It would be difficult to overestimate the importance of the city of Alexandria in the first century of our era. Ancient testimony assures us that its streets and buildings were breathtakingly beautiful; for commerce, industry and trade it was surely the single most important city in the Mediterranean world, through which most of the eastern luxury goods destined for the markets of the Roman empire were routed. Finally, even if the heyday of Alexandrian scholarship was under the Ptolemaic regime, Roman Alexandria long remained the most important centre for the study of science and philosophy.
The most distinguished and important of the Alexandrian philosophers in the first century ad was Philo, a member of a leading family of the large and influential Jewish community, a man with an immense range of philosophical and scholarly interests and a deep interest in explaining the Old Testament (which he knew principally in its Greek Septuagint version) within the context of the Greek philosophical tradition. Philo is the most important figure in the history of Platonism in the first century ad, but not only that. He is a vital link in the history of exegesis and theology that forms the background to the emergence of Christian ideas and doctrine in the second century ad, most clearly visible to us only after the virtual annihilation of the Alexandrian Jewish community in the great revolt of ad 116-17.
The combination of Philo as a figure of social and intellectual history and Alexandria as a great metropolis has a powerful attraction, fully evident in the pages of Dorothy Sly's book. Enthusiasm for the subject is pervasive, and vividly expressed in a style that seems to owe a good deal to the direct form of address to a lecture audience. Modern parallels are employed and contemporary scholars will find themselves quoted in an idiom that is familiar and colloquial. Sly ranges over the history of Ptolemaic as well as Roman Alexandria, its social history (particularly the hostility between the Greeks and Jews in the reigns of Tiberius, Caligula and Claudius in which Philo was himself deeply involved), Egyptian religion, Messianism, medicine and a host of other topics.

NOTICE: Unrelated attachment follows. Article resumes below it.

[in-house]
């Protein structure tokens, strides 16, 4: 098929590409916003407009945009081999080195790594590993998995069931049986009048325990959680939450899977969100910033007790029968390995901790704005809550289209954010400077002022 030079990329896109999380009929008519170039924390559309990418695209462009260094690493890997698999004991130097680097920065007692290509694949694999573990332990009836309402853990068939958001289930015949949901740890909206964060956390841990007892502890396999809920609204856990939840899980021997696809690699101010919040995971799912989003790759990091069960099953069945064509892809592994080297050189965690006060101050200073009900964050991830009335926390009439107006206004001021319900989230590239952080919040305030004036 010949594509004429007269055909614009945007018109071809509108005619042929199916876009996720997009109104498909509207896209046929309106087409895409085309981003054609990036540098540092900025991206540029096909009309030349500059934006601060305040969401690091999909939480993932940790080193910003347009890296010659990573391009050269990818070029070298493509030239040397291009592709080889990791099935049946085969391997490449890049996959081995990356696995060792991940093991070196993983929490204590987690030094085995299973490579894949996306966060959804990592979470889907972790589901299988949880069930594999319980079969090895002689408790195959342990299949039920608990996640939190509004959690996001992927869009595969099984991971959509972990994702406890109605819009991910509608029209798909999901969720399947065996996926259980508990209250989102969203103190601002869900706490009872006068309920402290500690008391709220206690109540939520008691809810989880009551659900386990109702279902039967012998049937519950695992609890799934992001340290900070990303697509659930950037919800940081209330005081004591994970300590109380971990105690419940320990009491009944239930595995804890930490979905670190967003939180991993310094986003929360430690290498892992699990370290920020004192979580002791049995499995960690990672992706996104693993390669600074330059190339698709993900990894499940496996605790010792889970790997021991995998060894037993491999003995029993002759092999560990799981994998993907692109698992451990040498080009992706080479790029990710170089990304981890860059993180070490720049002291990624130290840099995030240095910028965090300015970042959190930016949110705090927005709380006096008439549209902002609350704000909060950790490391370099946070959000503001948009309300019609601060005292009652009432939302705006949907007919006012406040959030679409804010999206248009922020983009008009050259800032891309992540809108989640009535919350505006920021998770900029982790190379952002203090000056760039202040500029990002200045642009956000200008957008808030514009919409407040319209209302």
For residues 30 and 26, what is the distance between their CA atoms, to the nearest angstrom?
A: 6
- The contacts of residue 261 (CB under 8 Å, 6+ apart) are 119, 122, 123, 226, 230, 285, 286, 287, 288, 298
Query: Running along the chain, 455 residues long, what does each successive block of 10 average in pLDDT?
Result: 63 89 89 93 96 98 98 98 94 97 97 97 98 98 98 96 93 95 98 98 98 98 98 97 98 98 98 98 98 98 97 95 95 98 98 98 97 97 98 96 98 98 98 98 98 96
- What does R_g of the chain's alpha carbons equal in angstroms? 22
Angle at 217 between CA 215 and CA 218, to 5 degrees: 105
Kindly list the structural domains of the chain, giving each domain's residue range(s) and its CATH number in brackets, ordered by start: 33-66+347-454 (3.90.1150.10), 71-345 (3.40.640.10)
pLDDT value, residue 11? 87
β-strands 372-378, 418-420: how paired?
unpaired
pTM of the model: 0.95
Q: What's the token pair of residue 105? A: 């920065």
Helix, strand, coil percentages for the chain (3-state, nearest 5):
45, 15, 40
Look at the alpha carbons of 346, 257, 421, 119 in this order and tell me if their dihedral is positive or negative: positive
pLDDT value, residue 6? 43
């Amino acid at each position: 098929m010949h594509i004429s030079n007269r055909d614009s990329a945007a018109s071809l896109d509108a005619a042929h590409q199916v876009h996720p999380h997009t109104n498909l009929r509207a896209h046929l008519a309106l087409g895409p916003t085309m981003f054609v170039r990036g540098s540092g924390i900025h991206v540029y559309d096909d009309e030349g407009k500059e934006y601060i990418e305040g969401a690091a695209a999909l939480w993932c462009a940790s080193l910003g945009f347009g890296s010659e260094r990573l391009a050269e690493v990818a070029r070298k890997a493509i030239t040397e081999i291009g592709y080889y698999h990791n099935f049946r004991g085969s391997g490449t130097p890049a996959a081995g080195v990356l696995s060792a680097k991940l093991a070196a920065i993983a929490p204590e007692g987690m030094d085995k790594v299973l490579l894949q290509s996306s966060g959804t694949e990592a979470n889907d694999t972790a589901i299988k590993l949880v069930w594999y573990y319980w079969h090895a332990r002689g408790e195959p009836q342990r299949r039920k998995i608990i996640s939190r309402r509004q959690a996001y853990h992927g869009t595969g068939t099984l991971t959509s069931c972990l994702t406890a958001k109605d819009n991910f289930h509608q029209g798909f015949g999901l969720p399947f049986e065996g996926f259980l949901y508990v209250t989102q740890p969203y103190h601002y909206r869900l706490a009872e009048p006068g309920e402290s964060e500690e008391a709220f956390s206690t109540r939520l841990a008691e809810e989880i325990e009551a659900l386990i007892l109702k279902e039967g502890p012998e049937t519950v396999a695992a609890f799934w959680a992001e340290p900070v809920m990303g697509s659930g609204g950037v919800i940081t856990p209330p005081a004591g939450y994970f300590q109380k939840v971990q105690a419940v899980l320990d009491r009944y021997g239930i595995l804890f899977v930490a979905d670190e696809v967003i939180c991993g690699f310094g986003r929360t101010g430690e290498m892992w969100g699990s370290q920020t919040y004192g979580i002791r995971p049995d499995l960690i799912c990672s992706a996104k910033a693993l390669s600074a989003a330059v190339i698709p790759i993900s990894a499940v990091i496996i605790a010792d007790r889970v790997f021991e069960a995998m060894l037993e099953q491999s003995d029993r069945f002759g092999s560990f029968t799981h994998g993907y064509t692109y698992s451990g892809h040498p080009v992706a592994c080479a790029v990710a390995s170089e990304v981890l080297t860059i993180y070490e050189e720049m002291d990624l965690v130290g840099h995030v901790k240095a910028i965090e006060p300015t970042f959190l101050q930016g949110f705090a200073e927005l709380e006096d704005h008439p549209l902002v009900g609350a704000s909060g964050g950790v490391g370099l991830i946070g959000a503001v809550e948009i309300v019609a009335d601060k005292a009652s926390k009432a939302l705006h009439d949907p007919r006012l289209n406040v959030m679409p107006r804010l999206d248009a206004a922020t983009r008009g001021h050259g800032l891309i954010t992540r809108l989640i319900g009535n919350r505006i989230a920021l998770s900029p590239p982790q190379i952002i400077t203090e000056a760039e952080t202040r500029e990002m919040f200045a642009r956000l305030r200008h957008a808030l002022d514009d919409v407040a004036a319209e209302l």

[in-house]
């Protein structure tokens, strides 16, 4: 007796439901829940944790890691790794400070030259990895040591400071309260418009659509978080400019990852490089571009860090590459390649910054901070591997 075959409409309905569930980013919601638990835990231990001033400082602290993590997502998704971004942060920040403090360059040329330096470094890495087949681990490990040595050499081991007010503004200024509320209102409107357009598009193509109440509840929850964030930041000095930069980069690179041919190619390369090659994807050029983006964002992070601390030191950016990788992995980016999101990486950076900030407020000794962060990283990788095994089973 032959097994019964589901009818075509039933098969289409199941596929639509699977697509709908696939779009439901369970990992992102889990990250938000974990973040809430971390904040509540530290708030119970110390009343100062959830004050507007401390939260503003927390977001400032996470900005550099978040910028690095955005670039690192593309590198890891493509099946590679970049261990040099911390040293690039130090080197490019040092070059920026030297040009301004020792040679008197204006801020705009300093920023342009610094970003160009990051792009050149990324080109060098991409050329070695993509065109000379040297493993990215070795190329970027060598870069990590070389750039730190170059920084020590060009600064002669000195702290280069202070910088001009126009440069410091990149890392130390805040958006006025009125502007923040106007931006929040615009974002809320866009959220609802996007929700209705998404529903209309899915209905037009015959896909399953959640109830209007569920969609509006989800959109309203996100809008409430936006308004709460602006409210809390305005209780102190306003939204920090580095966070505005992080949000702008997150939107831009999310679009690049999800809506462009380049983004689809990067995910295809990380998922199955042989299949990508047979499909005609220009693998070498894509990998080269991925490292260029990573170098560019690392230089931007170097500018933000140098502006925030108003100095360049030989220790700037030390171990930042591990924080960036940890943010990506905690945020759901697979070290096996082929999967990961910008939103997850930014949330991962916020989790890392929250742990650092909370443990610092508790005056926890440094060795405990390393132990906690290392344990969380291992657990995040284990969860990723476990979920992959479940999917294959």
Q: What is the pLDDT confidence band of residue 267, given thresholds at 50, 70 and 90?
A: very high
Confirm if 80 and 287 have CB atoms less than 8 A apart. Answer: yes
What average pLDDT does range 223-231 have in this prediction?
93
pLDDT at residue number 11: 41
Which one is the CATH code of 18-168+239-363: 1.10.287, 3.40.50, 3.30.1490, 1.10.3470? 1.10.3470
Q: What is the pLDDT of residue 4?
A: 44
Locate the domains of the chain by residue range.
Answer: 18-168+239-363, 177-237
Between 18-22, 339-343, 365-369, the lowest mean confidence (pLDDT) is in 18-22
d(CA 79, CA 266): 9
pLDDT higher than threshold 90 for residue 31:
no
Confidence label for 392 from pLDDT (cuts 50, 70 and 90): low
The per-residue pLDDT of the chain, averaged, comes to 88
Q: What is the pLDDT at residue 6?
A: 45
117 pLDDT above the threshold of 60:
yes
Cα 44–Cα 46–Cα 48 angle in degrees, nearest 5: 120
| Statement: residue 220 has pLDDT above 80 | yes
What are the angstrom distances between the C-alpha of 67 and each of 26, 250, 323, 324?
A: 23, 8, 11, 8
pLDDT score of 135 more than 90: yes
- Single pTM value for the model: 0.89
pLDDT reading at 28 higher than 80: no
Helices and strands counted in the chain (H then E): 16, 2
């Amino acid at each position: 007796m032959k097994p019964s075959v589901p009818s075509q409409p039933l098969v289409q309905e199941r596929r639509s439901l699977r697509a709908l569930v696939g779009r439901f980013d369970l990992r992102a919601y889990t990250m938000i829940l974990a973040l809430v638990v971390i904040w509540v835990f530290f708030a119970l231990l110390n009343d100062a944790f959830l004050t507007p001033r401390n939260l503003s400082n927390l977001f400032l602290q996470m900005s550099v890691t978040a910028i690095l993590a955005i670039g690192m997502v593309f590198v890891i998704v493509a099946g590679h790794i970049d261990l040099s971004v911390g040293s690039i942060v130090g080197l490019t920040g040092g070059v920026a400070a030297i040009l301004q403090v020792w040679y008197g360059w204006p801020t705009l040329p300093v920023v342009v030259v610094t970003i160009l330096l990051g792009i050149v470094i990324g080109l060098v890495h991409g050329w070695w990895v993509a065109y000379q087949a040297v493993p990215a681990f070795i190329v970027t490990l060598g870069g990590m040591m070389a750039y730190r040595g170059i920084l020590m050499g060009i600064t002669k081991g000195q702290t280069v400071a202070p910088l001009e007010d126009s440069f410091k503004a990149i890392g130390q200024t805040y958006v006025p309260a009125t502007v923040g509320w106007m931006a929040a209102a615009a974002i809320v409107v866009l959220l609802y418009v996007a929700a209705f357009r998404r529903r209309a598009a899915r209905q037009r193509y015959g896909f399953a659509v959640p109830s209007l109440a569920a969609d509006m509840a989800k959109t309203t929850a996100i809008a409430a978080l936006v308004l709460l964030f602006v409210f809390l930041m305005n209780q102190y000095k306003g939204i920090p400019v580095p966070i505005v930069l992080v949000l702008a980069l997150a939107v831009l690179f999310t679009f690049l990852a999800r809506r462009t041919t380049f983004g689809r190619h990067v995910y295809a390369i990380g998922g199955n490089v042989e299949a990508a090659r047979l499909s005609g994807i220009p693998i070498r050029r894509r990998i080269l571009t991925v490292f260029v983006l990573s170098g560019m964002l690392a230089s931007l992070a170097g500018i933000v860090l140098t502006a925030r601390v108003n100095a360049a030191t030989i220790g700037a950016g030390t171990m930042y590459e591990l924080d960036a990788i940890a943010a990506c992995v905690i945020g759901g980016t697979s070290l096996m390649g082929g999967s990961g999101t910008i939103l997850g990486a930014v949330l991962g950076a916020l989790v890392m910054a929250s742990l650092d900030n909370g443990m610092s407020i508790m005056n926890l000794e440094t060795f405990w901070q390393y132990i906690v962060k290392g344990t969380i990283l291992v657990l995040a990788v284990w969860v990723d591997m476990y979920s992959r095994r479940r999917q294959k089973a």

The subject bristles with difficulties. Our knowledge of Alexandria's physical development is extremely tenuous and almost every modern map or topographical description of the ancient city can be challenged on virtually every major point. As for the complex Philo, an immense bibliography exists in several European languages that suggests, among other things, that there is perhaps room for a more nuanced discussion of the extent to which his various writings can be taken to illustrate the realities of Alexandrian life in the first century. Nonetheless, Sly has amassed much that is thought-provoking and informative for historians of religion and culture, even if her attempt to show what Alexandria was really like in the Philo's time tends to adopt a more positive stance than much of the evidence justifies.
Alan K. Bowman is a lecturer in ancient history, University of Oxford.
Author - Dorothy I. Sly
ISBN - 0 415 09679 0
Publisher - Routledge
Price - £35.00
Pages - 200